By Matthew Hutson, published on July 1, 2008 - last reviewed on August 20, 2008
Name: Marc Ecko
Profession: Fashion designer and entrepreneur
Claim to Eccentricity: Took his high school hobby global
Like many guys, Marc Ecko (né Marc Milecofsky) had a chemistry set in his garage as a teenager. But instead of sodium and potassium, Ecko was combining elements of hip-hop and skate culture, graffiti and merchandising, paint and denim. After a stint in pharmacy school, he started a proper business and now sits atop six clothing labels (G Unit, Zoo York), a lifestyle magazine (Complex), and a video game studio. I talked with him at his company's Manhattan offices, which house all the business, design, and showrooms for his products, a recording studio for 50 Cent, a painting factory where Ecko collaborates with visual artists, and his private office, which features a full kitchen and half a basketball court.
What's your most disruptive act?
I like to throw ice water at my wife in the shower, then she does it to me. That's really good for your relationship, by the way. You have three kids, you need to do little pranks, you need to mix it up, you know? Act like a 12-year-old.
And I did the viral video hoax with a 747. [Ecko climbed a fence to spray paint "Still Free" on the side of a jet painted to look like Air Force One.]
Why did you do the video?
One motivation was I had just had an arm-wrestling match with the city of New York over some graffiti laws. I had permits to do an outdoor painting exhibition [on a mock subway car], and the city pulled the permits at the 11th hour, on the grounds that it would promote graffiti. I filed a lawsuit and we won.
And the baseball?
[Last year he bought Barry Bonds' 756th homerun baseball for $750,000 and put its fate to an online vote: Send it into space, send it to the Hall of Fame, or send it to the Hall of Fame branded with an asterisk. Option three won.] Here was this object that was unique to a moment in time. It's part of this great American legacy. And so is debate, so is democracy, so is this phenomenon called the Internet. This object is certainly a metaphor for all of these things. How often does this pop culture alchemy happen? I don't mind people calling it sensational because it created something you could emote around.
What were you like as a kid?
I wasn't so tragically cool that only the cool people came to my parties. And I wasn't so sheepishly mainstream that I wasn't aware of the cool sh*t. I was a good kid. I was heavyset, not athletic at all. I was very artistic, and I connected to graffiti because it was the first kind of masculine expression of being artistic. It had some teeth to it. A key ingredient to my success was my parents making a big deal out of the stuff, like hanging the art on the refrigerator. And I have a twin sister who was, like, my best friend. That helped a lot. I was very respectful of women.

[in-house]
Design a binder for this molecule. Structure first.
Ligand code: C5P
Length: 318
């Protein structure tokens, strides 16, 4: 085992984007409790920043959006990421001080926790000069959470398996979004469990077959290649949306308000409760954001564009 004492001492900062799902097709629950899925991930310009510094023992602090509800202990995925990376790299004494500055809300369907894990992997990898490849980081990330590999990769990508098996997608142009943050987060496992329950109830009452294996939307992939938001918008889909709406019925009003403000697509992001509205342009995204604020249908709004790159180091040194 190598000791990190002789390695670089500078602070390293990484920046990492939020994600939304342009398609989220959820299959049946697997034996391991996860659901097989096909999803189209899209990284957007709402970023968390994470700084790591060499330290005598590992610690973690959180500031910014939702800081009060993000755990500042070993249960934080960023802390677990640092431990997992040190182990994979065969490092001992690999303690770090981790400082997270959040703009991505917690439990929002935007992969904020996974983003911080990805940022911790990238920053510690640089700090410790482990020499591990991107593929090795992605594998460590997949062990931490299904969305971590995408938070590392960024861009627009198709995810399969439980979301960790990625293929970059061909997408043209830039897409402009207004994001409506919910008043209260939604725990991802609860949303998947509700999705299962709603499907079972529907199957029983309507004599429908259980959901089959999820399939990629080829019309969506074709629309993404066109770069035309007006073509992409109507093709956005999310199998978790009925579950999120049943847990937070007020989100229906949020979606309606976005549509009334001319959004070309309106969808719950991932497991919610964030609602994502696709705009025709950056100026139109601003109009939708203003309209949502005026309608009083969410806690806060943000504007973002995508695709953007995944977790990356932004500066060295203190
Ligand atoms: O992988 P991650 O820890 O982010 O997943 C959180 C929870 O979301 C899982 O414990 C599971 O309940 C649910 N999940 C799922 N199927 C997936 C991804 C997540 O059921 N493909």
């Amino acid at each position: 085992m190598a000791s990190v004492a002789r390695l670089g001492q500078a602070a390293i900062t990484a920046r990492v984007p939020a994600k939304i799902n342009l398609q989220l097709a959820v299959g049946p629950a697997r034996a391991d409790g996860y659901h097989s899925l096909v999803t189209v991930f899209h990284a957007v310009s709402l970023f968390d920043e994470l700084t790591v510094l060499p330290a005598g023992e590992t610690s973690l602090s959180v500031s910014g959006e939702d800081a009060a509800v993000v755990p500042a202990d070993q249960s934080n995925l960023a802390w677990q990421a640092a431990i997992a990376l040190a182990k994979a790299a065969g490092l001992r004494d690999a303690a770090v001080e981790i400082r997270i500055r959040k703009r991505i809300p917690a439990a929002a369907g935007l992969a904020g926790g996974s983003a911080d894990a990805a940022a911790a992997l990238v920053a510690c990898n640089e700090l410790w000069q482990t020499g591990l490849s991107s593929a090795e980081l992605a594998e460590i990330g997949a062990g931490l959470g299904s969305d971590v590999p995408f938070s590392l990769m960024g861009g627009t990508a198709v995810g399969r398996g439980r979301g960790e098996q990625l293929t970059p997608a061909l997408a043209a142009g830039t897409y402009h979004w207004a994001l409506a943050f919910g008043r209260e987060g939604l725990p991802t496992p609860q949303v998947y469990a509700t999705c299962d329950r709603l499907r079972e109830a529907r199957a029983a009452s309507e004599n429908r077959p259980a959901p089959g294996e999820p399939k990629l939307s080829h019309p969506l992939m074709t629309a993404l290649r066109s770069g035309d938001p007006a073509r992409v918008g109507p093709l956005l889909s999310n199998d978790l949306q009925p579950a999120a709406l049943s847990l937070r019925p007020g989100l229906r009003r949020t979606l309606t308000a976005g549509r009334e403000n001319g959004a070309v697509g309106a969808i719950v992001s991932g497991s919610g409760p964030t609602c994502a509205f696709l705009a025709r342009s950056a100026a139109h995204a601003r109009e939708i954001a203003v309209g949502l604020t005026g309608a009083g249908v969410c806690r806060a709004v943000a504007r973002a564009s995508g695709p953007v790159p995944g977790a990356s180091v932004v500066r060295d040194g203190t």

You got your nickname from her.
My mother didn't know she was carrying twins. The doctor was like, "No, no, it's just an echo in the fluid." Then when Marcy was born, he said, "Here comes the echo," and five minutes later I came.
That's like a superhero origin story. If you could redesign a superhero's outfit, would you?
I have tremendous respect for historical superheroes. I don't really think I could outdo Batman—what am I gonna do, bring a different rubber to the table? I would probably invent my own superhero. I have thought about the power to freeze time and right wrongs. Maybe I'd put a horse's head in someone's shower right when they're planning something, and it's like, "That's a sign!"
Does the rhino logo mean anything?
As a kid, my dad had this wooden rhino that I would play with, instead of, like, a ton-ton from The Empire Strikes Back. [He recounts a scene, sound effects and all, then pretends to use the Force on my recorder.] Did you see that? I almost made it move. Yeah, so, the rhino. Over the years and hardships, the rhino became a metaphor for how I operate my business. There's a clumsy gracefulness. And they're survivors. Best employee I ever had.
Has ADD kept your business diverse?
It's partially because I'm ADD and I have a lot of itches I want to scratch, but it's also my core belief about how people consume today. Nike wanted to "Swish the world," and you could rhino the world, but that's too self-important. I can't be 100 percent authentic in the skateboarding world with *eckō unltd., but I can be 100 percent authentic in skate with Zoo York.
Was the transition from artist to businessman difficult?
Do you feel you have enough creative engagement?
I never feel like I have enough. That's probably what haunts me the most. I'm intensely underwhelmed. People ask, "What does it feel like when you see people wearing your stuff on the street?" I guess it's the ADD thing but, like, I forgot that I did it. Even when I'm intensely hands-on, it's hurry up and wait. Maybe that's why I have that superhero fantasy. I never thought about that.
Is the painting factory a good outlet?
Now I can work on these special projects that act as a muse for a lot of the organization and are shaping a lot of our big ideas. It acts like a true laboratory. That sounds like a bunch of hocus-pocus, but in practice, it's real.